It was the kind of October day for which residents of New Orleans endure the summers, sparkling blue-gold with just a touch of crispness…
—Poppy Z. Brite, Liquor (2004)
Brite could have been writing about Jackson, Mississippi, in February.
While those north of the Mason-Dixon line are swaddled in overcoats and scarves until April, I’m out walking the neighborhood in a t-shirt and jeans, taking photographs (like the one above) of clear skies, blooming flowers, and sunlight. Every time I imagine myself in Chicago or New York or Seattle, I think about what winter is like in those cities and chuckle.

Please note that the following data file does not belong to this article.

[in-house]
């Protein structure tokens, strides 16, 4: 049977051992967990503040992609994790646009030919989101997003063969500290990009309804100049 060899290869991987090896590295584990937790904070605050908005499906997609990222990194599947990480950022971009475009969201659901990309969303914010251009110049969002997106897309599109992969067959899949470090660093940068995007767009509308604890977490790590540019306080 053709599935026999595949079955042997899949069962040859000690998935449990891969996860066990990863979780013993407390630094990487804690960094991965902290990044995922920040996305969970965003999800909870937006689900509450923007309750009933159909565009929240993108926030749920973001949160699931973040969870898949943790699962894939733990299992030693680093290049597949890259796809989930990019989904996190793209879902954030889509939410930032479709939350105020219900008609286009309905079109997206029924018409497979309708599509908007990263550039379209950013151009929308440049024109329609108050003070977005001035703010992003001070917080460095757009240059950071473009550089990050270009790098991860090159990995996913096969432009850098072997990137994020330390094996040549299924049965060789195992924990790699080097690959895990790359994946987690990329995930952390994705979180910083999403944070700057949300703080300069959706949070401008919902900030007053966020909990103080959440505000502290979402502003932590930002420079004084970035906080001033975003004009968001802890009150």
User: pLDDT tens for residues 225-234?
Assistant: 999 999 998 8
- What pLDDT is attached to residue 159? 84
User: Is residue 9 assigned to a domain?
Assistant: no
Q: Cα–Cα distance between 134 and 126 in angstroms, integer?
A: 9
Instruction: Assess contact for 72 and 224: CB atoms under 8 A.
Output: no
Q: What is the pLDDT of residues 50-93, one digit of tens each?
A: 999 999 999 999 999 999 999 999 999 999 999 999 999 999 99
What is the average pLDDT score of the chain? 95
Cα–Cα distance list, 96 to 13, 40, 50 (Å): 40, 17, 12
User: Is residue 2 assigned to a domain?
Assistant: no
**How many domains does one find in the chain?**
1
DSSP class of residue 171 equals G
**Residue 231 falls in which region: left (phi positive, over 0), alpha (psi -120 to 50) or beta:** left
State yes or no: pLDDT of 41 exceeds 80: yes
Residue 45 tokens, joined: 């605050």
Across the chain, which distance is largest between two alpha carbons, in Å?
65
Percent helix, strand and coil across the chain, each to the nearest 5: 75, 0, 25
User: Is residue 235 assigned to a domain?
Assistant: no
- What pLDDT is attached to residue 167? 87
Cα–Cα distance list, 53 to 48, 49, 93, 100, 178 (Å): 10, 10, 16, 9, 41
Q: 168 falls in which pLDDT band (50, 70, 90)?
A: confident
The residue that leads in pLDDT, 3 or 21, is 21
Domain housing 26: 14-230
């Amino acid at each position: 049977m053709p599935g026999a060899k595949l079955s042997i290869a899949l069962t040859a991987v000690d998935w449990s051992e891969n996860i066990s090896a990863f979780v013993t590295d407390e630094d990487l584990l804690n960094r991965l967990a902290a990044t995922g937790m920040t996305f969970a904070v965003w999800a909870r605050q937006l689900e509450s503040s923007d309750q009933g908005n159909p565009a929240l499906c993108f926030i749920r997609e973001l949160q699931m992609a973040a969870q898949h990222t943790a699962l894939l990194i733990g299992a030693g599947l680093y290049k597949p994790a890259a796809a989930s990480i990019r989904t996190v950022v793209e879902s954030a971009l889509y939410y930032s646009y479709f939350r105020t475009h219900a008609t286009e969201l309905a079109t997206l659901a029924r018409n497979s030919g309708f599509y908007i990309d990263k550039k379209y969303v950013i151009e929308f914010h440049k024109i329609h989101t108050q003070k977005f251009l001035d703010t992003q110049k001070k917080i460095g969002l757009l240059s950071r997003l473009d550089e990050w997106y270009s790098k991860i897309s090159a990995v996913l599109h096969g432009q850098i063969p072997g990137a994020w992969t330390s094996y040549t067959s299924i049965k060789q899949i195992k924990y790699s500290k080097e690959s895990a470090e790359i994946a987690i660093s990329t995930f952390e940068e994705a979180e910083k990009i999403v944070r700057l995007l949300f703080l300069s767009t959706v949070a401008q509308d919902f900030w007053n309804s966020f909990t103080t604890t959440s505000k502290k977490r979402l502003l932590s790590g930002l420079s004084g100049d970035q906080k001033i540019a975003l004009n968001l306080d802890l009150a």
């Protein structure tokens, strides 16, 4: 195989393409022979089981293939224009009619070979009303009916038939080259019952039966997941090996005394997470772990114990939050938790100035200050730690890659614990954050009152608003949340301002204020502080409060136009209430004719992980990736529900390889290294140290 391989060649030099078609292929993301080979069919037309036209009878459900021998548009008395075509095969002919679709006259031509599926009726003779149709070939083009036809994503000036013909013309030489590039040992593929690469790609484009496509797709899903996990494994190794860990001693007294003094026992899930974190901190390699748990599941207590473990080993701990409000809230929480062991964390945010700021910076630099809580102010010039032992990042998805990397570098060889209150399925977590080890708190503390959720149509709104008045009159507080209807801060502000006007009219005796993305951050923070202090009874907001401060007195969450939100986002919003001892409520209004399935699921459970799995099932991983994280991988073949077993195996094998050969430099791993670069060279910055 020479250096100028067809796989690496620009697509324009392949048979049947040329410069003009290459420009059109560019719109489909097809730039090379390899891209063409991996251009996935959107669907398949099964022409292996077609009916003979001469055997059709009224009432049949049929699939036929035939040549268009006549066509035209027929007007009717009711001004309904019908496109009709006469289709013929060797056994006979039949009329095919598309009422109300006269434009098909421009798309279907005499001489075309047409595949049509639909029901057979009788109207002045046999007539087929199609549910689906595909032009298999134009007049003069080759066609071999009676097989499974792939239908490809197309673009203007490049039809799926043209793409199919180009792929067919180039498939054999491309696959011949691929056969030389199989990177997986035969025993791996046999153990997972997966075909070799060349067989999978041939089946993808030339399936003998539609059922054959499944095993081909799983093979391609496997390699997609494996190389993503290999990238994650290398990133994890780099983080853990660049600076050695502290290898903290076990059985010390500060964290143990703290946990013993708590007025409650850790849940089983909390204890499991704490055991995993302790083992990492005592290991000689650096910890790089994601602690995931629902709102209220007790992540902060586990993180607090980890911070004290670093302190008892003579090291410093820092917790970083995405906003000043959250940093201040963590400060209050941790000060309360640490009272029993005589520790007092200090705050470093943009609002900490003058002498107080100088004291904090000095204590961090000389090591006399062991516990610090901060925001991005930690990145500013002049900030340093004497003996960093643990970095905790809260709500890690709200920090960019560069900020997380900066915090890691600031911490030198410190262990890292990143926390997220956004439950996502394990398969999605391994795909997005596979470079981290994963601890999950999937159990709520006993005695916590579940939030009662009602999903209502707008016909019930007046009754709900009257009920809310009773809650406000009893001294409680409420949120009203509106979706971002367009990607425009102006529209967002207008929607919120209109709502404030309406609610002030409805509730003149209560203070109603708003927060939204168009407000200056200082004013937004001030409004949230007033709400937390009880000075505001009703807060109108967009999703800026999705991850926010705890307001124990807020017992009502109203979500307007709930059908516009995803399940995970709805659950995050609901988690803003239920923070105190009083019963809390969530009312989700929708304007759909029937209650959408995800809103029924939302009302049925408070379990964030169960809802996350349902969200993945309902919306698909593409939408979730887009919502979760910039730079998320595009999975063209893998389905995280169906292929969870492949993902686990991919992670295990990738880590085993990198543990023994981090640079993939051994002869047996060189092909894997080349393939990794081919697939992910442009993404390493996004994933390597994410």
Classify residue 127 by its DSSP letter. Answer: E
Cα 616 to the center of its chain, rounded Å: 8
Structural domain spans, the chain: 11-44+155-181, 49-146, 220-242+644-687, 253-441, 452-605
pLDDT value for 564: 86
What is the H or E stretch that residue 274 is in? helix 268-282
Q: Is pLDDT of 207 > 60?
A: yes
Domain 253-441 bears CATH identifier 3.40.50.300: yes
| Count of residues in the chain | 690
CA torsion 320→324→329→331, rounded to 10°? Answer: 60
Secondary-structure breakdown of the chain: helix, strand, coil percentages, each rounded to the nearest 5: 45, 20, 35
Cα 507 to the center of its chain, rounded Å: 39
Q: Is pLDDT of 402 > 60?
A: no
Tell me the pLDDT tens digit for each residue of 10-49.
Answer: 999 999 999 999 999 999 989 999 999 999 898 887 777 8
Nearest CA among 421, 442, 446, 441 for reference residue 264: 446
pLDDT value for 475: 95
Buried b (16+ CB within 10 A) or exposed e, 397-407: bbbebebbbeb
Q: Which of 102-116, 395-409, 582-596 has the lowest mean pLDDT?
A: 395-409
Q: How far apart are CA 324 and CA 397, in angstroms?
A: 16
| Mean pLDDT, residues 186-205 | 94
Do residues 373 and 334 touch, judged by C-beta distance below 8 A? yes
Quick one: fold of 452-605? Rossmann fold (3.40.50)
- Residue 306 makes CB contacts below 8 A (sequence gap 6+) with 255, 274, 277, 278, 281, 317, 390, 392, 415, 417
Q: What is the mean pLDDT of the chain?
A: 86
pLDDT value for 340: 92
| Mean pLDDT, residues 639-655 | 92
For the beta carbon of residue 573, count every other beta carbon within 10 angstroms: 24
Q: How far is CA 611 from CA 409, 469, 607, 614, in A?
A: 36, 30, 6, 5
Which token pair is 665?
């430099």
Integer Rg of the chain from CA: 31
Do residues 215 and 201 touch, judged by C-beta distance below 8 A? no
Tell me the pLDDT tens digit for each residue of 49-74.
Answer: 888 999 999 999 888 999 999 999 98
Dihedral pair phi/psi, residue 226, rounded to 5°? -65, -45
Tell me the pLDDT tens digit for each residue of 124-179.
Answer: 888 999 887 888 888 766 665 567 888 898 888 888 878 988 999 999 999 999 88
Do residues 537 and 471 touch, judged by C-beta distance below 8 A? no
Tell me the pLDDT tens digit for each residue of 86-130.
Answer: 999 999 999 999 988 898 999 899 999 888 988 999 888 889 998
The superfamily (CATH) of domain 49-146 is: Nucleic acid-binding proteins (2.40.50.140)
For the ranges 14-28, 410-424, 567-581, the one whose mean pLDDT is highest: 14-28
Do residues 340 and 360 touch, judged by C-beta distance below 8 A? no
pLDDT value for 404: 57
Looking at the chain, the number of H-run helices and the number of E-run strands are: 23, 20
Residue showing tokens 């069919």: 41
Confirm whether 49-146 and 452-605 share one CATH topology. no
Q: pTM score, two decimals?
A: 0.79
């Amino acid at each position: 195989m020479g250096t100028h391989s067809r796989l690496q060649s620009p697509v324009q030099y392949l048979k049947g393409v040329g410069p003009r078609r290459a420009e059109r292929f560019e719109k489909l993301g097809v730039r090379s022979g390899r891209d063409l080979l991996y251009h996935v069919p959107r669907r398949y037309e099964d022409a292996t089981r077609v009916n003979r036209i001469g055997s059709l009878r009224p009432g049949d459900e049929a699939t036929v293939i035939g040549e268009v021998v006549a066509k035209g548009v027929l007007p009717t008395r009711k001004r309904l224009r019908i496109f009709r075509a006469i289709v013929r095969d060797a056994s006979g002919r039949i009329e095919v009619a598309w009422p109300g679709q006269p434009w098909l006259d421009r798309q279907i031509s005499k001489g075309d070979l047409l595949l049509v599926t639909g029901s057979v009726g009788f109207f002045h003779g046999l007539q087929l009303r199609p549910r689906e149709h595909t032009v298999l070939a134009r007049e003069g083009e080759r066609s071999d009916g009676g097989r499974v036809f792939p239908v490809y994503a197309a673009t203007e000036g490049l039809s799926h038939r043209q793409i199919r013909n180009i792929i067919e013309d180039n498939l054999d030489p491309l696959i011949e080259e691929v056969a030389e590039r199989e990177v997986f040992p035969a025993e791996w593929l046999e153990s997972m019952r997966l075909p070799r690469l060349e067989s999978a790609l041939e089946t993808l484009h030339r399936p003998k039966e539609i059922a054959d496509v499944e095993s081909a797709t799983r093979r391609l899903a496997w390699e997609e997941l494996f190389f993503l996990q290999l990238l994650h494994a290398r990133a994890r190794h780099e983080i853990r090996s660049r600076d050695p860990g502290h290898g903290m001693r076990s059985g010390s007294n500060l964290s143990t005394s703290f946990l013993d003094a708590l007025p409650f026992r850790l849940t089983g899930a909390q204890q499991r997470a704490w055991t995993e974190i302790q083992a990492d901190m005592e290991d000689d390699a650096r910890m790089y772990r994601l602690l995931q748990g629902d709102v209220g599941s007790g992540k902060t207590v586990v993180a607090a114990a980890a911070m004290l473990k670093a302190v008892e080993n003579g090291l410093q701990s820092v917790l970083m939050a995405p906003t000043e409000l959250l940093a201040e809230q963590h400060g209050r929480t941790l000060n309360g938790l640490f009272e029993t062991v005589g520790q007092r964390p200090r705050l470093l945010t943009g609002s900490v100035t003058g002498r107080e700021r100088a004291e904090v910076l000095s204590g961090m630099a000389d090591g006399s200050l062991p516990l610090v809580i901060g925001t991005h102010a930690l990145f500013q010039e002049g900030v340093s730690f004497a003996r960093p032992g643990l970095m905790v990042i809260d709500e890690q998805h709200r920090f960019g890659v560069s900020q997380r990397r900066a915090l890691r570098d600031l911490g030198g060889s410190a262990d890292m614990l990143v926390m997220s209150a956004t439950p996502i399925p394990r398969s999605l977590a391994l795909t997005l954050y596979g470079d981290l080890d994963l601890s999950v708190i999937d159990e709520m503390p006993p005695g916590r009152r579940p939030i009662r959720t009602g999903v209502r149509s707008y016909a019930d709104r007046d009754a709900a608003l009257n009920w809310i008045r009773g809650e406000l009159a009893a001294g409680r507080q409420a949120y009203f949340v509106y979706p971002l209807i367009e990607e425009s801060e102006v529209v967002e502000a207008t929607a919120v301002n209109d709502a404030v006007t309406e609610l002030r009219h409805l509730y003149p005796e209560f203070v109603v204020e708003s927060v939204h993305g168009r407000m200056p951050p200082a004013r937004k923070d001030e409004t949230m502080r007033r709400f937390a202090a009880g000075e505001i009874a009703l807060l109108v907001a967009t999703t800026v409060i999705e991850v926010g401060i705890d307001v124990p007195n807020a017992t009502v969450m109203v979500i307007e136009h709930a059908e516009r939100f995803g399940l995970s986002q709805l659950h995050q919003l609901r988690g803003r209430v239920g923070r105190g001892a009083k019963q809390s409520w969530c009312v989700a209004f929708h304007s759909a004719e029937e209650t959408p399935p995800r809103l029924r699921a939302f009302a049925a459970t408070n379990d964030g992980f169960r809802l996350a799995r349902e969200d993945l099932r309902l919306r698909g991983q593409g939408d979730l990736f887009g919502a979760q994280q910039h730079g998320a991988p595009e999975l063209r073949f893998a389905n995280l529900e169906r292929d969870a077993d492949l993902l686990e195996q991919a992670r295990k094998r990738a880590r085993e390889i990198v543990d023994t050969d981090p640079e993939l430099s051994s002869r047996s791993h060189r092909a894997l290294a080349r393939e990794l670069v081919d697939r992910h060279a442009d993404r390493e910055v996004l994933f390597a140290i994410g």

Yes, you can laugh at me in mid-July, when I’m cursing the 95-degree heat by 9 a.m., and sweating through my light cotton shirts. For now, though, I’m reveling in the walk I just finished, during which I saw Mexican teens playing soccer, homeowners out raking leaves, and green-draped trees everywhere. I’m making tea and preparing to finish reading a book… on my balcony.